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And what about other inexperienced 27-year-old hot shots the Times has championed? One is Jodi Kantor, whom the paper recently hired away from Slate to become editor of its “prestigious” Arts & Letters section. “Kantor may be fabulous and do a remarkable job, but no minority has ever gotten a break like that in the history of American journalism,” Neal writes. So that’s what he’s left with in the wake of Blair, grievance?
A writer for the Wall Street Journal yesterday would probably agree with Neal regarding different reactions to white journalist scandals and those of a Jayson Blair. The former never implicate whites in general the way the latter are more likely to in the case of diversity-labeled blacks. “Race-based policies make black achievement a white allowance and black failure a group stigma,” he writes. “Which is why so many black journalists hung their heads at the revelation of Mr. Blair’s race.”
To Terry Neal’s credit, he’s not about to hang his head.
******p> The Short, Troubled Reign of Raines (posted 5/12/03 2:43 a.m.) br> Just the other month the New York Times published an op-ed by a CNN honcho that read like a suicide note from the credibility-challenged cable network. Now it has published a much longer if similar note about itself and the Jayson Blair affair. Or maybe one should say it’s just dropped the big one on itself. It’ll take days and weeks and longer to assess the fallout. If executive editor Howell Raines were at Enron, his name would be Kenneth Lay. /p>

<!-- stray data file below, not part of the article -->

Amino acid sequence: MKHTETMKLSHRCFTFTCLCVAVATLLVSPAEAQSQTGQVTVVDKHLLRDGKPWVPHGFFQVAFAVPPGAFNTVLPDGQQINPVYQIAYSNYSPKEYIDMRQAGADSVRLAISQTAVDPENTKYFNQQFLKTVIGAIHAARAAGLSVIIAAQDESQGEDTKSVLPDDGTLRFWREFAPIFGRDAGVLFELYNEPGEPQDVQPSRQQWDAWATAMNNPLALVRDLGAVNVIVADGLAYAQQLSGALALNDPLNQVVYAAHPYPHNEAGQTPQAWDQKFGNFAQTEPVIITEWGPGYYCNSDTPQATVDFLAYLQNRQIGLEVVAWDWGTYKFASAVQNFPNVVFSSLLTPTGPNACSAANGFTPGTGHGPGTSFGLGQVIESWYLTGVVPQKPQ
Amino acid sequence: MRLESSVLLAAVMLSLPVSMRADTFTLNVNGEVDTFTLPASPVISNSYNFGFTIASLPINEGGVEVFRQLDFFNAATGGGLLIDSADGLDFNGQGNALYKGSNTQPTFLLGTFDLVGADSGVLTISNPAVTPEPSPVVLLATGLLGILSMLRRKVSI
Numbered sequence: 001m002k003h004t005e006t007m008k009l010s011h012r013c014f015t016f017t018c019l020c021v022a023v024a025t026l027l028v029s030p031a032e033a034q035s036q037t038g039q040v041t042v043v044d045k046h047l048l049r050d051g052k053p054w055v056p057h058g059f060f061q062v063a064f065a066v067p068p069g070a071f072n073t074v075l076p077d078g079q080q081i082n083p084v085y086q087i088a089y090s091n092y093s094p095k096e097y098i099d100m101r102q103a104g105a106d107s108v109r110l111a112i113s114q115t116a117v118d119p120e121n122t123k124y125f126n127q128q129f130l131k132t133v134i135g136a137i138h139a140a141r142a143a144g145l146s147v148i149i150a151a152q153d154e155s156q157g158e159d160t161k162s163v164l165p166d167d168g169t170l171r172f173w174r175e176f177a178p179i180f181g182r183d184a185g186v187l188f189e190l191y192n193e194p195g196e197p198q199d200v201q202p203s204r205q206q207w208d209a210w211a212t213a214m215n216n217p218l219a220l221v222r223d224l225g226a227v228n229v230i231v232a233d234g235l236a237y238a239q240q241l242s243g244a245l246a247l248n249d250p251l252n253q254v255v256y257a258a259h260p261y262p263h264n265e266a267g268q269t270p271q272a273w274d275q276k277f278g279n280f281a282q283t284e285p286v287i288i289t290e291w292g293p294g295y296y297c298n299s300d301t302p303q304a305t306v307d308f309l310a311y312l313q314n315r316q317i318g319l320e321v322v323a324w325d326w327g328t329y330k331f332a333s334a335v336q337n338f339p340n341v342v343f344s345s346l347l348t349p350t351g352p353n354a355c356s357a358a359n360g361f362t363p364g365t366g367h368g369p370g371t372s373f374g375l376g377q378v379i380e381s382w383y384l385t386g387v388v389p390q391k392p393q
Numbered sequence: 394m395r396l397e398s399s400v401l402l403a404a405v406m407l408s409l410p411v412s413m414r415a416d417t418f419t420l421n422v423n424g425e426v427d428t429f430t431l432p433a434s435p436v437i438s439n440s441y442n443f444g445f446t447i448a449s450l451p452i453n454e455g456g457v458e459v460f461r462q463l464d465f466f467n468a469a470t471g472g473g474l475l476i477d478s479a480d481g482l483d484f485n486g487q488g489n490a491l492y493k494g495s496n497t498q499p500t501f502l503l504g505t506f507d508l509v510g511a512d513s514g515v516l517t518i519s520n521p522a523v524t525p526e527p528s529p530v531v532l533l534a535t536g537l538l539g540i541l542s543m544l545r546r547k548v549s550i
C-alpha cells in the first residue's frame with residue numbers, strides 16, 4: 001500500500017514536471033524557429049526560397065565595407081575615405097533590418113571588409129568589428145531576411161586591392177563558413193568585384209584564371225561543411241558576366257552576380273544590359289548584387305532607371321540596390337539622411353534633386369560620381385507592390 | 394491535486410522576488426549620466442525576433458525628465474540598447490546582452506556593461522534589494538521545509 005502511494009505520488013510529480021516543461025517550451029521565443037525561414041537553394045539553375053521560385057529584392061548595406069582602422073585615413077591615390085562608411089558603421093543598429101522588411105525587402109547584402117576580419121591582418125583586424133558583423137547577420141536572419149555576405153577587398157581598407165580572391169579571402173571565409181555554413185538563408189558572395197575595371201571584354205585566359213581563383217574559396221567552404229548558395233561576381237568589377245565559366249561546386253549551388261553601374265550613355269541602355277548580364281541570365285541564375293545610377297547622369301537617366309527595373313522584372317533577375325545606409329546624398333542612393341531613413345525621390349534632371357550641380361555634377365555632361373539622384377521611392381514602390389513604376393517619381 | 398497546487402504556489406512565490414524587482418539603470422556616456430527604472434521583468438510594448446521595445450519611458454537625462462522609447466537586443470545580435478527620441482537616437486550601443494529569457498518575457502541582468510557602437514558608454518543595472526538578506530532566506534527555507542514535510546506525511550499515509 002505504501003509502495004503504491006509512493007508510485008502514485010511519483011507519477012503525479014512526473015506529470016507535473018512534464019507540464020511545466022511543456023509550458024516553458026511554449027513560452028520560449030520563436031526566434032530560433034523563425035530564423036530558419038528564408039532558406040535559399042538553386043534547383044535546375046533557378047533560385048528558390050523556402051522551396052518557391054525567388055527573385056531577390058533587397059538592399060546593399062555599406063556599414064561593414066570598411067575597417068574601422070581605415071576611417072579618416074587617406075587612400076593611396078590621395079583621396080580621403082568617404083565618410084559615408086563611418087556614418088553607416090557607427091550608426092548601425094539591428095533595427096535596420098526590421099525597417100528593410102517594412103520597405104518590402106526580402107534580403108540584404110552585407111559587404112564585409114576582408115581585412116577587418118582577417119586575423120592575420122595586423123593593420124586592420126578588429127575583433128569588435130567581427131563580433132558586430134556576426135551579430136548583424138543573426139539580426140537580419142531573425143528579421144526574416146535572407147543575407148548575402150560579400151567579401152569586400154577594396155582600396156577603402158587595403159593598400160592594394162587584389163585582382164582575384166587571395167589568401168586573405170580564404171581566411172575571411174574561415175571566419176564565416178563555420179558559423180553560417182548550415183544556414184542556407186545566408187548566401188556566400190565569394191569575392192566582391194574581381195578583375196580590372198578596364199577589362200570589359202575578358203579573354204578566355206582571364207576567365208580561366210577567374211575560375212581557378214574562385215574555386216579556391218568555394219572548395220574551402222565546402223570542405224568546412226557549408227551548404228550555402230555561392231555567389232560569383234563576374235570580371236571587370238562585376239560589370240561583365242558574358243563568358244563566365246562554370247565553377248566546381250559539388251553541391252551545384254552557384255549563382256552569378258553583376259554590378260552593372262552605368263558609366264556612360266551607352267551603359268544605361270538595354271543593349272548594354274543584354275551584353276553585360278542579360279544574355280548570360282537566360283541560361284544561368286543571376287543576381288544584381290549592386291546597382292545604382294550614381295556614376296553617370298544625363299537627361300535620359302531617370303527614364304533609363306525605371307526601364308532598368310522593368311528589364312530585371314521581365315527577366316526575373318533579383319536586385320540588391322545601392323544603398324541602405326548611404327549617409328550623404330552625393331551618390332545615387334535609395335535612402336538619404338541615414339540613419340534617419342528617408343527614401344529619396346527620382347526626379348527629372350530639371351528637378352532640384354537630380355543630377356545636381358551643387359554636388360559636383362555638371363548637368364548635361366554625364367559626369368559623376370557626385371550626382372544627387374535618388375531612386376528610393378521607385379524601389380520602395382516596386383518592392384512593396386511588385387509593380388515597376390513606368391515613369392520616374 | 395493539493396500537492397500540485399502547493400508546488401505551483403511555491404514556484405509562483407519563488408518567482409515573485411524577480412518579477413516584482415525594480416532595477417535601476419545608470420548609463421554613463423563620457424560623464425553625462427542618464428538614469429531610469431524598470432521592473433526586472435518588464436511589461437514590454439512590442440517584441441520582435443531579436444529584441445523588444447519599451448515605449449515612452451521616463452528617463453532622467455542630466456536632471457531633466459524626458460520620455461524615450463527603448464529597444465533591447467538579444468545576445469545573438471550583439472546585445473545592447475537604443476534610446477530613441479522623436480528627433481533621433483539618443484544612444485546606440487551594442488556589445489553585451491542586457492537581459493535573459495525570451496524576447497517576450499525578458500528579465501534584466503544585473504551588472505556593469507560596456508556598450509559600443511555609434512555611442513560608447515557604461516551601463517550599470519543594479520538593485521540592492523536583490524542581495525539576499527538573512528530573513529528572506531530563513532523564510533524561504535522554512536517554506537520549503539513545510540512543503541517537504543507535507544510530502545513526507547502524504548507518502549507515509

Sunday’s report of its investigation into the Blair scandal simply takes one’s breath away. Let’s start with what’s said. The paper concedes that reporter Blair committed countless acts of plagiarism, misrepresentation, and other deviousness over the course of his meteoric Times career. It admits Blair was appointed and promoted by the paper’s top guns, despite warnings from less powerful editors at the paper (which immediately puts the lie to its official claim that what the paper had here was a failure to communicate). It denies any of this had anything to do with its open championing of affirmative action, the elephant in the room it mistakes for a gnat.
NPR’s “All Things Considered,” of all networks, recently posed this question to Raines, as recorded by the Media Research Center’s Times Watch:
A man of faith in a godless age is hitting Americans where it hurts.
Mr. and Mrs. American Spectator Reader, let P.J. O’Rourke talk sense to your kids.
In Britain, defending your property can get you life.
The debacle of this president’s administration is both a cause and a symptom of the decline of American values. Unless Congress impeaches him, that decline will go on unchecked. An eminent jurist surveys the damage and assesses the chances for the recovery of our culture.
It won’t take long for conservatives to scratch this presidential wannabe off their 2008 scorecard.
The American Christmas, like the songs that celebrate it, makes room for everybody under the rainbow. Is that why so many people seem to be hostile to it?
Was the President done in by the economy, or by the politics of the economy?